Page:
The West Won’t Like Russia’s Next Move in Ukraine, by Ted Galen Carpenter

Every time the West jumps up and down about alleged Ukrainian victory in its war with Russia, the Russians come back with a powerful counterpunch. From Ted Galen Carpenter at

NATO leaders and the Western news media need to realize that they may be celebrating the prelude to a prolonged, extremely bloody war or even an impending nuclear catastrophe.

ATO officials and the Western news media have not concealed their glee that Ukraine’s counteroffensive has forced a precipitous withdrawal of Russian troops from a sizable chunk of territory near the eastern city of Kharkiv. The attack did appear to catch the Kremlin by surprise. Russian leaders expected the main counteroffensive to come in the south, and the bulk of Kyiv’s efforts do appear to be focused on that region. Nevertheless, the loss in the east is a significant military setback—and an even greater embarrassment—to Russia’s military command and the Putin government.

Enthusiastic pro-Ukraine figures in Europe and the United States are celebrating and contending that Kyiv’s success portends Russia’s overall defeat in the war. According to that thesis, Russian president Vladimir Putin will have to accept a peace accord that falls far short of the Kremlin’s initial goals. The best he can supposedly hope for is an agreement which restores the status quo ante—which would mean that Moscow gains no territory, nor would Ukraine be prevented from joining NATO. More optimistic types speculate that such a spectacular failure, which comes after massive expenditures of both blood and treasure, might well lead to Putin’s ouster.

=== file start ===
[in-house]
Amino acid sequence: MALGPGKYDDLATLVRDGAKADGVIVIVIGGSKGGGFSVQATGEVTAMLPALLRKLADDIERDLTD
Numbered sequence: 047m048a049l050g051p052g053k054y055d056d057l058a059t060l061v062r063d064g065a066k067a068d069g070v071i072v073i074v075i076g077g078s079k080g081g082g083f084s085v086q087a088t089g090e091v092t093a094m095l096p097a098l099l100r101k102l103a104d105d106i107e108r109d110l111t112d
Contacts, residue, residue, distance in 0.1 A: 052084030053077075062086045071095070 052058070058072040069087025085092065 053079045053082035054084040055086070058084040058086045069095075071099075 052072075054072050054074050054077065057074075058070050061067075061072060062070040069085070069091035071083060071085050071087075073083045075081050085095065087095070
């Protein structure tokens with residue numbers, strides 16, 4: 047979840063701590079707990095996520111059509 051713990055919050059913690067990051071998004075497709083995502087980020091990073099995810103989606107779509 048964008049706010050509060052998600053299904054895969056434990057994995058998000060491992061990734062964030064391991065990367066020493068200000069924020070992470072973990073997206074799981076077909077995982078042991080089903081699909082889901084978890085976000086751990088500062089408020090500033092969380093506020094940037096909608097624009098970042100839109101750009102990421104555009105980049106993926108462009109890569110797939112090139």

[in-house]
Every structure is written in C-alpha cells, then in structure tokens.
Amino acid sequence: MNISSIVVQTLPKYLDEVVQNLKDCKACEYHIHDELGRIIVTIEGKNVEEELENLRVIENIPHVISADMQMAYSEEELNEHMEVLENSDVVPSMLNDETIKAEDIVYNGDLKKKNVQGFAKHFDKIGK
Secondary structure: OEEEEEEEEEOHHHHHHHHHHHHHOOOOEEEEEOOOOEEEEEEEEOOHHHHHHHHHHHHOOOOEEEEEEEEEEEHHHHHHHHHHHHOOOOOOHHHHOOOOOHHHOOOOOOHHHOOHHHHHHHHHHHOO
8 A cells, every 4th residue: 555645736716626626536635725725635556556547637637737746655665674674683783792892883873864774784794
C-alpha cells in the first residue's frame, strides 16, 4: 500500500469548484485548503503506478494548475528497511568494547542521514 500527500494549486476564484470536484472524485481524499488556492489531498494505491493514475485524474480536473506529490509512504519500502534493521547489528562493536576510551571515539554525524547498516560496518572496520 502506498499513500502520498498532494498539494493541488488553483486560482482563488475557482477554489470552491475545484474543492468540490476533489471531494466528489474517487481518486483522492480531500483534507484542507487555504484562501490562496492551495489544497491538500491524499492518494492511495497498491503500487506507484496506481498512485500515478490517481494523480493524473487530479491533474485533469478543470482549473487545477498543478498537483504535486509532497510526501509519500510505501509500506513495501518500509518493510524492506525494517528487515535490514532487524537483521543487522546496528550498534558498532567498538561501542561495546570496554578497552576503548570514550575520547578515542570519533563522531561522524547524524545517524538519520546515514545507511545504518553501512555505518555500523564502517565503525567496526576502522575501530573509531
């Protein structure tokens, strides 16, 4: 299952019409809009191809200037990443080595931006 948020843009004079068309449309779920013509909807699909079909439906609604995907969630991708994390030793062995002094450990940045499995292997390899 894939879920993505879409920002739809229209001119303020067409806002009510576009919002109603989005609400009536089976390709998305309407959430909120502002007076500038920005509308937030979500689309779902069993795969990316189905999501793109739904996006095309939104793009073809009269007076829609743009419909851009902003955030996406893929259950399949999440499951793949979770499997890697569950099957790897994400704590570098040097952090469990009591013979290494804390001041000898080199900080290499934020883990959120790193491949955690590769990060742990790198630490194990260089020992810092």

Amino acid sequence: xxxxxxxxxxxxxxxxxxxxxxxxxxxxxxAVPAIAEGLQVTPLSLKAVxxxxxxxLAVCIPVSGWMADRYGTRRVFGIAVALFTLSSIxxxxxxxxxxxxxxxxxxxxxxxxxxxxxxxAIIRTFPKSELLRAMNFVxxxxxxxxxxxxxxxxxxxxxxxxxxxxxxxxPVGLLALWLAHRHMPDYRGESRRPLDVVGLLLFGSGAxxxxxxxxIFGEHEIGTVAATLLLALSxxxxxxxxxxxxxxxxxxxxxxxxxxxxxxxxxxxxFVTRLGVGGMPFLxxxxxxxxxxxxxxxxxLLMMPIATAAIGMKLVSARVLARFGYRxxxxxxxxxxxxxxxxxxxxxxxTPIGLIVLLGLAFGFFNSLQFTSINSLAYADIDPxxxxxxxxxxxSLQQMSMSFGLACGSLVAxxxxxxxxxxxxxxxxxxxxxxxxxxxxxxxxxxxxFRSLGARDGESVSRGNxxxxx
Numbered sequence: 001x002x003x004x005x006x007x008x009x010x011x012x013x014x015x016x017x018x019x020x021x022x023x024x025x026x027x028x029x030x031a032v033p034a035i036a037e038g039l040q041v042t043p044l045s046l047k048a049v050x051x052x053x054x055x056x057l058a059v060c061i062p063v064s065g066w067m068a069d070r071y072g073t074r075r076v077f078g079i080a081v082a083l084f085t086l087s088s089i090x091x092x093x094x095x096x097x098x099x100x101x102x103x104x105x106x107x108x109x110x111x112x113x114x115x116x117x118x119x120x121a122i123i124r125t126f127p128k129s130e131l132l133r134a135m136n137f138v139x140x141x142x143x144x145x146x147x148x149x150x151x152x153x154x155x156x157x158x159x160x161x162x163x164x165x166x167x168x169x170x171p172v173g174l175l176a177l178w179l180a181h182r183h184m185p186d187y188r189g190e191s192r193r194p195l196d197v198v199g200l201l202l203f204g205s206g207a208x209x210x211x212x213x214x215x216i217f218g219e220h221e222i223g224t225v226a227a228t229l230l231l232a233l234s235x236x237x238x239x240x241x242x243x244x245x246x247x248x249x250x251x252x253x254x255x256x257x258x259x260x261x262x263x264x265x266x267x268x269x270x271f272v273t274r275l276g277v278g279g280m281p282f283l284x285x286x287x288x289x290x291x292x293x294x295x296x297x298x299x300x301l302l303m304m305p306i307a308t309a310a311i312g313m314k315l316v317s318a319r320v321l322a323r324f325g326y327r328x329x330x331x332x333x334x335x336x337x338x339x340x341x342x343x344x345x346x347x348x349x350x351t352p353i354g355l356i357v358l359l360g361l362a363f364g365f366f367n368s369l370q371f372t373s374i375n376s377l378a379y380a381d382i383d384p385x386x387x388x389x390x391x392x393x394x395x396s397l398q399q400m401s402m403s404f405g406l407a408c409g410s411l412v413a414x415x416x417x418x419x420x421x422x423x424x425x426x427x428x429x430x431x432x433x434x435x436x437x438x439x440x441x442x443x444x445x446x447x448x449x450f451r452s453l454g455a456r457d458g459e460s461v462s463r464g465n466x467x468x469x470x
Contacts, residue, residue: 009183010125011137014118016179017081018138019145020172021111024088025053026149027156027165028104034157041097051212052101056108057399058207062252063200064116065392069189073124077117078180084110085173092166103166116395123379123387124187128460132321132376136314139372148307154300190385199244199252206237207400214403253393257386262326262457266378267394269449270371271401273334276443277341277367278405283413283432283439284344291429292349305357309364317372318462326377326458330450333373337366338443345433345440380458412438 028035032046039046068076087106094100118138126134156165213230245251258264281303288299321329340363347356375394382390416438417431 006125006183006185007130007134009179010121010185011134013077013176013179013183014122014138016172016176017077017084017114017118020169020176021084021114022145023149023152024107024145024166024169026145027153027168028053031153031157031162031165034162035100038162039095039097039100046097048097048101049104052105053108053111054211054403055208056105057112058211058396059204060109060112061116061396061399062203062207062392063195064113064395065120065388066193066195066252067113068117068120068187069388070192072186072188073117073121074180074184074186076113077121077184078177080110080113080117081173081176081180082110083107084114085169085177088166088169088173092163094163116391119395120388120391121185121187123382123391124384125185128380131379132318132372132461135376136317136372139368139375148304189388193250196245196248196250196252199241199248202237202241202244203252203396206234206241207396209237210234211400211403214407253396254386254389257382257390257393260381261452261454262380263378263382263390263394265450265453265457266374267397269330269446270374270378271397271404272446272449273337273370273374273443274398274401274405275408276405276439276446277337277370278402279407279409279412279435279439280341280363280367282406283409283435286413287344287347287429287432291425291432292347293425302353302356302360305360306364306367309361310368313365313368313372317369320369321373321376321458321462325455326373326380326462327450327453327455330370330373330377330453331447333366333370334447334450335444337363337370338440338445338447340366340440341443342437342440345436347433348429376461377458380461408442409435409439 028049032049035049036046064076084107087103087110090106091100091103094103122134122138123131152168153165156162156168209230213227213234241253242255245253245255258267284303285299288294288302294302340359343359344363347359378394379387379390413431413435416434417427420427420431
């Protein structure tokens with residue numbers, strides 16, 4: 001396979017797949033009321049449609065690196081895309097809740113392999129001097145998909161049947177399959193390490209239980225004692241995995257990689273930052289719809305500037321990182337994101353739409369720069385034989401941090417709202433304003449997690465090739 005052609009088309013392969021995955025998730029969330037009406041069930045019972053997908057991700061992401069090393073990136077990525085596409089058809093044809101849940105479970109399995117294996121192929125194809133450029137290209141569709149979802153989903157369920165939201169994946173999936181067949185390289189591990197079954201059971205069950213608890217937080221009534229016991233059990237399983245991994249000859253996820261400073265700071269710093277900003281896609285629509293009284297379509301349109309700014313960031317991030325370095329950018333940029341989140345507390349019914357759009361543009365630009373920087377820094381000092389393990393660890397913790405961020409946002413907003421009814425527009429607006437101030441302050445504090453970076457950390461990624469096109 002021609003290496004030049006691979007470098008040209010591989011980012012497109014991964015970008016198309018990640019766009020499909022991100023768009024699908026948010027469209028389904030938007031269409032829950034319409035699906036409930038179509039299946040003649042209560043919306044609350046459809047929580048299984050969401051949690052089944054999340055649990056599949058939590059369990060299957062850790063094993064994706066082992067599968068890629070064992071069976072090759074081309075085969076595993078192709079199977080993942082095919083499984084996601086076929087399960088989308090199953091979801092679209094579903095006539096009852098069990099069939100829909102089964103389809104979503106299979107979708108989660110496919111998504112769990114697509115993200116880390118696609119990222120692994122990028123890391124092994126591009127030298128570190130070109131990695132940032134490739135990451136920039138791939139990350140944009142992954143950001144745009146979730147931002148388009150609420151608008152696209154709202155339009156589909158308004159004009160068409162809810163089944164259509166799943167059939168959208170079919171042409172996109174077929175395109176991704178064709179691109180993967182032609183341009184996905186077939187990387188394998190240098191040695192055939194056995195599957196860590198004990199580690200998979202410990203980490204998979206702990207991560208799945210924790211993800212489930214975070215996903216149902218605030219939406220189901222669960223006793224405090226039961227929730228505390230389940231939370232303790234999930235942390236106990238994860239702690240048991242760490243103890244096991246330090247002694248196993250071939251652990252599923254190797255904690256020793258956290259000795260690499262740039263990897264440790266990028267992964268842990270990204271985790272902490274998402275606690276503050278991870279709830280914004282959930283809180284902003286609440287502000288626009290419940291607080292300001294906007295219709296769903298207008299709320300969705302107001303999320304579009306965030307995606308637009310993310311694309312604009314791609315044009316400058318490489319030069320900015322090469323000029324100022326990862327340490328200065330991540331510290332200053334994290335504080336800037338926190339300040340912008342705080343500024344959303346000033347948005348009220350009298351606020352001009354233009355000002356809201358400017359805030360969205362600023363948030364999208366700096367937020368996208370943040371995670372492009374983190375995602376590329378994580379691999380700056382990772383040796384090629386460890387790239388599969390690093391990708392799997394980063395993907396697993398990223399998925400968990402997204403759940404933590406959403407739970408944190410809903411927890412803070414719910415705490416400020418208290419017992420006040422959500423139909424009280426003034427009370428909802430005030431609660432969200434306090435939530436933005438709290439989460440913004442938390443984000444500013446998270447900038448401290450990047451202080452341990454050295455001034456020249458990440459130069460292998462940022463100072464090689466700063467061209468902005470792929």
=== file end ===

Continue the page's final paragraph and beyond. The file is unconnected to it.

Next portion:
Such celebrations are wildly premature. Russia still has several military options, and some of the scenarios should deeply worry the United States and its NATO allies.

Option 1: Moscow could launch a counter-counteroffensive—one focused on the Black Sea port of Odessa. That city is Ukraine’s last outlet on the Black Sea, and its seizure would effectively make Ukraine a landlocked country. It would also give Russia a stranglehold on Ukraine’s principal economic lifeline, since the majority of Kyiv’s exports and imports flow through Odessa. The loss of that city would be a colossal economic and psychological blow to Ukraine. Given that Russia redeployed sizable numbers of troops and quantities of weapons from eastern Ukraine to the south even before Kyiv’s eastern offensive, there is a high probability that Odessa is now Moscow’s principal target. Already overextended Ukrainian forces in the south would be very hard-pressed to repel a concerted Russian attack.

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One response to “The West Won’t Like Russia’s Next Move in Ukraine, by Ted Galen Carpenter

  1. Pingback: the West won’t like Russia’s next move in Ukraine | Waikanae Watch

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